Take the Dante Tour of Florence
Posted by Virginie (03/04/2015)
Durante degli Alighieri, more commonly known as Dante, was one of the middle ages most renowned and influential poets whose legacy in literature is still felt today around the world. Often referred to as “the father of the Italian language”, Dante’s success helped to establish the Tuscan dialect he spoke as the dominant form of written and spoken Italian from which the modern language is descended.
Although he spent much of his later life in exile from his beloved Florence due to his political activities, the city left its mark on Dante’s most famous works, including Divina Commedia (the Divine Comedy). Many people and places he knew from Florence are referred to in Dante’s writing, making the city the perfect destination for lovers of “il Poeta”. Here are some of the top places to visit:
Casa di Dante (Dante’s House)Dante’s family owned a number of houses in Florence, the Case di Dante being one of them. Although there is no firm evidence than Dante ever lived in the house that bears his name, it now serves as a museum dedicated to the poet. From copies of The Divine Comedy to portraits of the great man and all sorts of information about his life in Florence and beyond, the Casa di Dante is so packed with Dante memorabilia that true fans really can’t afford to give it a miss.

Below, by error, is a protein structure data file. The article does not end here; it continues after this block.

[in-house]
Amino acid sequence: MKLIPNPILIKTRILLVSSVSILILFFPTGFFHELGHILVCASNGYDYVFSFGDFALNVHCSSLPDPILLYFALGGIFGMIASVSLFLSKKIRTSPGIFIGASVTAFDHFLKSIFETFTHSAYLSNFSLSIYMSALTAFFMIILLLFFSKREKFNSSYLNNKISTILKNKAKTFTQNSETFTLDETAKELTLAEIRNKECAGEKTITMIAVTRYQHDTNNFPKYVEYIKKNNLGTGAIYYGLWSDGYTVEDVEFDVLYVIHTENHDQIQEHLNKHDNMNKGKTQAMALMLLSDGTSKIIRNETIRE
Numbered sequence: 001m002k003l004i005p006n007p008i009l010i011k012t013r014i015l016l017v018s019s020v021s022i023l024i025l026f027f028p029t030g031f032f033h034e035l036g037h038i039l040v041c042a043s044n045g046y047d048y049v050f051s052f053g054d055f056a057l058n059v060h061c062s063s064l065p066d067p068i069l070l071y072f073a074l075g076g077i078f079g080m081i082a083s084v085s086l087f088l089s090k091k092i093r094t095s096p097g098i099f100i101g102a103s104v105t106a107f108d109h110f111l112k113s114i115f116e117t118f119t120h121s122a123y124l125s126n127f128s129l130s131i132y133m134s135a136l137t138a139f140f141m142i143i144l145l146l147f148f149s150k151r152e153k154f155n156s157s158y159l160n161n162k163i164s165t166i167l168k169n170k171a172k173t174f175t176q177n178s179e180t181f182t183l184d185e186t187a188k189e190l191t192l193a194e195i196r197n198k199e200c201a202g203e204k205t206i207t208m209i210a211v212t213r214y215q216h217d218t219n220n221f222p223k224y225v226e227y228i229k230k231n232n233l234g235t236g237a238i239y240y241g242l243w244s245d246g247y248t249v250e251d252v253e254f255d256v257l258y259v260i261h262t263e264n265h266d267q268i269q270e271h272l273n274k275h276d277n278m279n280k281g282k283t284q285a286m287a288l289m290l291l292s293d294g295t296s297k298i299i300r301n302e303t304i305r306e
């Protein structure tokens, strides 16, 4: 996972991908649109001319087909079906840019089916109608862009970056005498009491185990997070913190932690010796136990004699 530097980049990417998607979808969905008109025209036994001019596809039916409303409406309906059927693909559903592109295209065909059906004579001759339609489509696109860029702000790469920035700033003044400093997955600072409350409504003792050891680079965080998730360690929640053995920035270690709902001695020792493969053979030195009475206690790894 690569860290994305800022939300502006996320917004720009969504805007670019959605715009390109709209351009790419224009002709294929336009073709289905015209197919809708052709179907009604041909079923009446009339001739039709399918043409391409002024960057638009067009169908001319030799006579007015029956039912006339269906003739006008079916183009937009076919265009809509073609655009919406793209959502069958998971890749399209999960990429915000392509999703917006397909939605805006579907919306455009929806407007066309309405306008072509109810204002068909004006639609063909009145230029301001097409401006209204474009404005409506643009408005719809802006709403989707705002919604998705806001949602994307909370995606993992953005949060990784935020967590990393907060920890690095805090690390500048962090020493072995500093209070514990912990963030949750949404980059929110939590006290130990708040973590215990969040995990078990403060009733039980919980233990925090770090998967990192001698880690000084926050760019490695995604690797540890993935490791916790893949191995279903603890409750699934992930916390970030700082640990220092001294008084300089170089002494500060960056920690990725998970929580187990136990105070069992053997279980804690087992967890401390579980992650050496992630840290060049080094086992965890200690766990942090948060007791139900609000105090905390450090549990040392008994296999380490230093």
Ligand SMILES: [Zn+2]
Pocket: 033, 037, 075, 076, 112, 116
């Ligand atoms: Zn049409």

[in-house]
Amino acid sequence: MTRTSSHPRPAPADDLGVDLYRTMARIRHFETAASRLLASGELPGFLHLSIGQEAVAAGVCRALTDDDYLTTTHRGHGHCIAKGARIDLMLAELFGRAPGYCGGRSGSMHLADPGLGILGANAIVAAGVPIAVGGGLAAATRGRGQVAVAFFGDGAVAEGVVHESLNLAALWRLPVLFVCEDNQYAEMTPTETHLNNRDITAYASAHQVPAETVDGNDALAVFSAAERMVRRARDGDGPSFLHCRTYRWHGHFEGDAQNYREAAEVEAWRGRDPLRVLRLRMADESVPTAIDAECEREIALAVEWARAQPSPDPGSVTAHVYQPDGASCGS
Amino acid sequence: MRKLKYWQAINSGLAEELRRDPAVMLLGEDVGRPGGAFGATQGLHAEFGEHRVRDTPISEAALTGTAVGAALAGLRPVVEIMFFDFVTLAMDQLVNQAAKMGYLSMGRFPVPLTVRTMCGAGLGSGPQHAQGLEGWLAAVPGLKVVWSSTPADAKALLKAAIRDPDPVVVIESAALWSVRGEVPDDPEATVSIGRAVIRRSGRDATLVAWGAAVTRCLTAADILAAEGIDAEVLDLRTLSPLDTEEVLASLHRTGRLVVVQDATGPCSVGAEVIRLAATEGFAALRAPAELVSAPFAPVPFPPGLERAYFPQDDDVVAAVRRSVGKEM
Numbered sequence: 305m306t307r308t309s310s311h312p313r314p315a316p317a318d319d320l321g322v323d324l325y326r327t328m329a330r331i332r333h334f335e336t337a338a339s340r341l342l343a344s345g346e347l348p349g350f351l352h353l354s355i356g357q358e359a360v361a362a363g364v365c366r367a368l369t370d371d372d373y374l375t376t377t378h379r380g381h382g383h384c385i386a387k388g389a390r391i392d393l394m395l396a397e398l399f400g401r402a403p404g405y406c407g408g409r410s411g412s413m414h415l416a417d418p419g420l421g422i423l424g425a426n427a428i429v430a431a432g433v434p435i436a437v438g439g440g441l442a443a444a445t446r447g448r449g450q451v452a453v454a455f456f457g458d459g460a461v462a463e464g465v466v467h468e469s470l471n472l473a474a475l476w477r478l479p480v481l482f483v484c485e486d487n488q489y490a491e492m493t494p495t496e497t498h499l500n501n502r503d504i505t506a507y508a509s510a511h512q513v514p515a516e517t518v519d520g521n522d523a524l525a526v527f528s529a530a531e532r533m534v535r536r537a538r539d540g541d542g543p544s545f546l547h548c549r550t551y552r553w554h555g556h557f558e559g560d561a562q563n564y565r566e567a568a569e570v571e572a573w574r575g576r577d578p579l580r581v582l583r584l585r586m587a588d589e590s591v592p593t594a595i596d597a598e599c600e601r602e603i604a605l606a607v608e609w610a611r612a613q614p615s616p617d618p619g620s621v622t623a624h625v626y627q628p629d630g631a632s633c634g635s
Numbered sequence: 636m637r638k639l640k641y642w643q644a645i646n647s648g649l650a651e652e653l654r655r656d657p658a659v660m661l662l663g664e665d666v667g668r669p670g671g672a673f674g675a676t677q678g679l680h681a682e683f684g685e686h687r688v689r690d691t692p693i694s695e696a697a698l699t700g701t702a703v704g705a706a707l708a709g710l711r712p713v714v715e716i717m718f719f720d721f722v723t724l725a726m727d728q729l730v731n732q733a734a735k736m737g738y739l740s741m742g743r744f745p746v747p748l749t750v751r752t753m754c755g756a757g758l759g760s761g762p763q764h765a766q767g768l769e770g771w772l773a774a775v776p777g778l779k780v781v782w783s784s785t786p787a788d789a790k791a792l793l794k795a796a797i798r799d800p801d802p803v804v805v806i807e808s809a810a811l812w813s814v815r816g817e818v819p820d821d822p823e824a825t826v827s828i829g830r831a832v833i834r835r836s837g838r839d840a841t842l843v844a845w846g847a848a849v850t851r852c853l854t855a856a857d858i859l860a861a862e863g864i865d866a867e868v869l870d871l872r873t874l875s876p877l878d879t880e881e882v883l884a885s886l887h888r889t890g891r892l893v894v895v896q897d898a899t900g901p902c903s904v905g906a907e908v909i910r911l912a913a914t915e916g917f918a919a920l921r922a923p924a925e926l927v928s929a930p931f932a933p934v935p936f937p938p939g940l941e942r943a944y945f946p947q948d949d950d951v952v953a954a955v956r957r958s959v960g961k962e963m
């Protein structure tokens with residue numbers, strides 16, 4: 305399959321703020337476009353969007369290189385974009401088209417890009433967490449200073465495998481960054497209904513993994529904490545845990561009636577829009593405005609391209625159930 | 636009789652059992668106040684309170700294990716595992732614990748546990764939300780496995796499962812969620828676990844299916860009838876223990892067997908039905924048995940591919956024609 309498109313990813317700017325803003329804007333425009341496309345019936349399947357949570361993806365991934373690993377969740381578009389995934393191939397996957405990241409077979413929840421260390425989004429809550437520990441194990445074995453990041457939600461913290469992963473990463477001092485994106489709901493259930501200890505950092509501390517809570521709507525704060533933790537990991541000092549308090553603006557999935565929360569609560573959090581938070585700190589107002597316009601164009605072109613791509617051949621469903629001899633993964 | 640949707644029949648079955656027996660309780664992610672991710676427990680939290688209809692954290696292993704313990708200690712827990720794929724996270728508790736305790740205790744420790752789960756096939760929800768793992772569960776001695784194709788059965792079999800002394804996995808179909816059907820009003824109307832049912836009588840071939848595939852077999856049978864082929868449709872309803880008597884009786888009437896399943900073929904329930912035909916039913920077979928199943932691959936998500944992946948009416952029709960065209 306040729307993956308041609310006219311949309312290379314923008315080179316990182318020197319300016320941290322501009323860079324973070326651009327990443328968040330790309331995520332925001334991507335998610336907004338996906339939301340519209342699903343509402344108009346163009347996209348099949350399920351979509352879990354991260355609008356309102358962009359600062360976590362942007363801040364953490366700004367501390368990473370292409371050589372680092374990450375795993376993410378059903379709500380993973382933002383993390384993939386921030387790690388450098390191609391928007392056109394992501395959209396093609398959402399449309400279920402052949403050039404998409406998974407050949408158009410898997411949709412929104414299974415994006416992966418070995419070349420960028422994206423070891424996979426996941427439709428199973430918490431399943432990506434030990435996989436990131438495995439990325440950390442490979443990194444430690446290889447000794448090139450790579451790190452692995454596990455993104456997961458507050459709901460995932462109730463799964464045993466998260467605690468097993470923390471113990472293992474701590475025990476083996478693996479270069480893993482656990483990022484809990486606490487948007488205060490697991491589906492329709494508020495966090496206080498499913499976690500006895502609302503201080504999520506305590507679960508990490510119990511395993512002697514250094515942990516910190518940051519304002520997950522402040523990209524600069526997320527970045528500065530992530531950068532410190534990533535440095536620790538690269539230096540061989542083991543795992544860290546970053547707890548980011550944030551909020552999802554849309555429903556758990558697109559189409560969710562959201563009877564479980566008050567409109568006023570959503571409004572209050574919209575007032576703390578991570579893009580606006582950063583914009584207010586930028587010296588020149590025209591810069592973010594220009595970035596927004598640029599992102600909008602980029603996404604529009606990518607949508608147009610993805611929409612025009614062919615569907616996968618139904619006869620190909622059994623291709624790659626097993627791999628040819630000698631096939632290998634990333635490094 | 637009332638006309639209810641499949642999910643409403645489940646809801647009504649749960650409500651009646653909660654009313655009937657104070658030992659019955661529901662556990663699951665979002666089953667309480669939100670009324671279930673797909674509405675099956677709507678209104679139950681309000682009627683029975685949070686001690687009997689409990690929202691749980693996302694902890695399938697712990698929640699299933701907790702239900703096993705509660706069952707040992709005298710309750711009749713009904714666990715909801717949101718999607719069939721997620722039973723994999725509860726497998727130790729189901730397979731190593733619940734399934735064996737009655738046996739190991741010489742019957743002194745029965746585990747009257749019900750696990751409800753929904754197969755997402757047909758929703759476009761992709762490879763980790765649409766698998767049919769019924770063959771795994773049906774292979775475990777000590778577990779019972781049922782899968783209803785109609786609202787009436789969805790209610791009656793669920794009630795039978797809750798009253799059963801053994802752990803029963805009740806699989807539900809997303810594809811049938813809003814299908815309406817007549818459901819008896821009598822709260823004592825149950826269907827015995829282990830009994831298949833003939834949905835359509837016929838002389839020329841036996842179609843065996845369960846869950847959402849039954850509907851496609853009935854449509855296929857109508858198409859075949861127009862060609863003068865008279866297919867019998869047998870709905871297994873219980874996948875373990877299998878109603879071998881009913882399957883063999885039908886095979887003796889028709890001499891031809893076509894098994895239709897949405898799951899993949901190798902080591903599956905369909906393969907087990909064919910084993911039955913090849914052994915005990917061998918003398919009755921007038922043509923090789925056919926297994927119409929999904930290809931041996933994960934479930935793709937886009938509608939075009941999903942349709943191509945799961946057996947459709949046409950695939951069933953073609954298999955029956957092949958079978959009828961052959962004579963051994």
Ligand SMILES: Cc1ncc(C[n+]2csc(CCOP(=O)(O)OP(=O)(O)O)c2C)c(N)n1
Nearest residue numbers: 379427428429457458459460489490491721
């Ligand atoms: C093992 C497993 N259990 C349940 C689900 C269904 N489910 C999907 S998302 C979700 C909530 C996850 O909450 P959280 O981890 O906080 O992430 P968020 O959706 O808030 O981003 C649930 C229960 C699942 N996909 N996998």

Sasso di Dante (Dante’s Stone)Located in the Piazza Duomo, right in the heart of Florence, Dante’s stone was one of the poet’s favourite spots in the city. The story goes that Dante used to sit on the stone and write, taking inspiration from the beautiful architecture surrounding the piazza. Although the stone itself is no longer in place, there is a plaque marking the spot, so you can stand there and soak up some inspiration yourself. The piazza is also home to the Basilica di Santa Maria del Fiore, also known as Santa Maria del Fiore Cathedral, the fourth largest church in Europe.
Chiesa di Santa Margherita de' CerchiThis small church in the centre of Florence is often referred to as “Dante’s Church” thanks to its close association with the poet. Legend goes that this is where he saw his first great love and muse, Beatrice Portinari, for the first time, when he was just nine years old. It is also thought that this is where he married his wife, Gemma Donati, sometime around 1285 or 1290. Thanks to Dante’s legacy, the church is now a favourite spot for lovers to visit, where many choose to write letters to Beatrice, which they leave beside the tomb where her body is believed to rest.